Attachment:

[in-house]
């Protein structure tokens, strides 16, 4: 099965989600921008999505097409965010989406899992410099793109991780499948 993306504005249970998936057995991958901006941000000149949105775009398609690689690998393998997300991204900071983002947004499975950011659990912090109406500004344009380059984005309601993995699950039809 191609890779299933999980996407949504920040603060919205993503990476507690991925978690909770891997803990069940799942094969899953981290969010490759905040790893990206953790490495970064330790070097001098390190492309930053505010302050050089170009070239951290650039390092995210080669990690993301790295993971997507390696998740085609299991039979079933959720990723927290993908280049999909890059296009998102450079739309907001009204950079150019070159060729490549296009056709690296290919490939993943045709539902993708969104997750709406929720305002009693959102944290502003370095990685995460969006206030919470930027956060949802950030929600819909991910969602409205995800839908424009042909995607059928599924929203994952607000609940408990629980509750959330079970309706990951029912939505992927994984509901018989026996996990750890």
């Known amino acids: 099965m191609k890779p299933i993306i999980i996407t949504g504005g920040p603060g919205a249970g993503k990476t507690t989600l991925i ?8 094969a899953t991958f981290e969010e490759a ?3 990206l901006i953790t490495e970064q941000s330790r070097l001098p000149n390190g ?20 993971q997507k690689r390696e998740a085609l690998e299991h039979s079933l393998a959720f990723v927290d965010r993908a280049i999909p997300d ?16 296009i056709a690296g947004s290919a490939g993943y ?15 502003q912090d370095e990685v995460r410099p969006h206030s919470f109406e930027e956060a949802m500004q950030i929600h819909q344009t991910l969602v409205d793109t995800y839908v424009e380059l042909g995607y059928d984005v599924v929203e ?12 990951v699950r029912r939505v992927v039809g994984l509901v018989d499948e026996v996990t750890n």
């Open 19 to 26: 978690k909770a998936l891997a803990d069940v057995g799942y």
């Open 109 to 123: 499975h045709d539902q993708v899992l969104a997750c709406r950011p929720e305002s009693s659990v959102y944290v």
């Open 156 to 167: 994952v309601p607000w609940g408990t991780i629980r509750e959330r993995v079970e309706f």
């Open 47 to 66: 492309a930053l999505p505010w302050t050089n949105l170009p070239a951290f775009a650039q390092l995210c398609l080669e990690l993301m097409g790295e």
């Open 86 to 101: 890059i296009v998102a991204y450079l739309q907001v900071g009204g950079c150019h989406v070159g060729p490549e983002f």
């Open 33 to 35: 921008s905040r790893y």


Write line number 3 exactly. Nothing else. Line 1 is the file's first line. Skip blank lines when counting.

């Known amino acids: 099965m191609k890779p299933i993306i999980i996407t949504g504005g920040p603060g919205a249970g993503k990476t507690t989600l991925i ?8 094969a899953t991958f981290e969010e490759a ?3 990206l901006i953790t490495e970064q941000s330790r070097l001098p000149n390190g ?20 993971q997507k690689r390696e998740a085609l690998e299991h039979s079933l393998a959720f990723v927290d965010r993908a280049i999909p997300d ?16 296009i056709a690296g947004s290919a490939g993943y ?15 502003q912090d370095e990685v995460r410099p969006h206030s919470f109406e930027e956060a949802m500004q950030i929600h819909q344009t991910l969602v409205d793109t995800y839908v424009e380059l042909g995607y059928d984005v599924v929203e ?12 990951v699950r029912r939505v992927v039809g994984l509901v018989d499948e026996v996990t750890n």